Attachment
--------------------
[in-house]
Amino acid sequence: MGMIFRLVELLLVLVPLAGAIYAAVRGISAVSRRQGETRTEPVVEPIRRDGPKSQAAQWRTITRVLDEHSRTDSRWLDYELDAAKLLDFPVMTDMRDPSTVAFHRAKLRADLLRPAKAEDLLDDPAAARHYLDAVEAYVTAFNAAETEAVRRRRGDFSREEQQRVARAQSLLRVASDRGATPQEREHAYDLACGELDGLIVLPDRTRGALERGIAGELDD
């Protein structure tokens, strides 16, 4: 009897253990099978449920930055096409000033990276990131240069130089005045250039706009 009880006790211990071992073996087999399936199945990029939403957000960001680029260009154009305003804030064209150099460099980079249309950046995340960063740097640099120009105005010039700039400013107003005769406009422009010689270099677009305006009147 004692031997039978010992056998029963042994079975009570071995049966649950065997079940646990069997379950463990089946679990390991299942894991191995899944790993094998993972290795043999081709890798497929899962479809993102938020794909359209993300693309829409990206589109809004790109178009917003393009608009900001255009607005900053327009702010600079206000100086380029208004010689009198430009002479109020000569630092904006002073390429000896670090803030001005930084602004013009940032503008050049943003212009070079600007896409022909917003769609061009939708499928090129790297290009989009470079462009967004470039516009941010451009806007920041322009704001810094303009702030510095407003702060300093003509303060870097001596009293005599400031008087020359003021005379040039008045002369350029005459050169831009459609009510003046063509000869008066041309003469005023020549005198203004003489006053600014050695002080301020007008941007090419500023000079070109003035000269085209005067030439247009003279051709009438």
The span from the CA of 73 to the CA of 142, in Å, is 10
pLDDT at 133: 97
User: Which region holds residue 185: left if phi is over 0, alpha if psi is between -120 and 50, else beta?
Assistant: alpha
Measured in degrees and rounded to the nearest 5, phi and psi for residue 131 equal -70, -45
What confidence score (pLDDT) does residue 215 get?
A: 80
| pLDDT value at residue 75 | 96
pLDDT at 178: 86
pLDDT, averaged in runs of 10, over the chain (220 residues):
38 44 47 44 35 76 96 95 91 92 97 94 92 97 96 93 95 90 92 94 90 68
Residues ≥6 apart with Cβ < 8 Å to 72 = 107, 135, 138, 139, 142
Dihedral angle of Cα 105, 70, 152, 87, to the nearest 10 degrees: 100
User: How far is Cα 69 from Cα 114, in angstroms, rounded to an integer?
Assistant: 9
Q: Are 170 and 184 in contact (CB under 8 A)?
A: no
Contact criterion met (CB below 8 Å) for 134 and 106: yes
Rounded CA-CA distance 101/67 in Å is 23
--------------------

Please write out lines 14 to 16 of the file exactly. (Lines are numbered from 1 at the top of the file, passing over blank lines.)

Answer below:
38 44 47 44 35 76 96 95 91 92 97 94 92 97 96 93 95 90 92 94 90 68
Residues ≥6 apart with Cβ < 8 Å to 72 = 107, 135, 138, 139, 142
Dihedral angle of Cα 105, 70, 152, 87, to the nearest 10 degrees: 100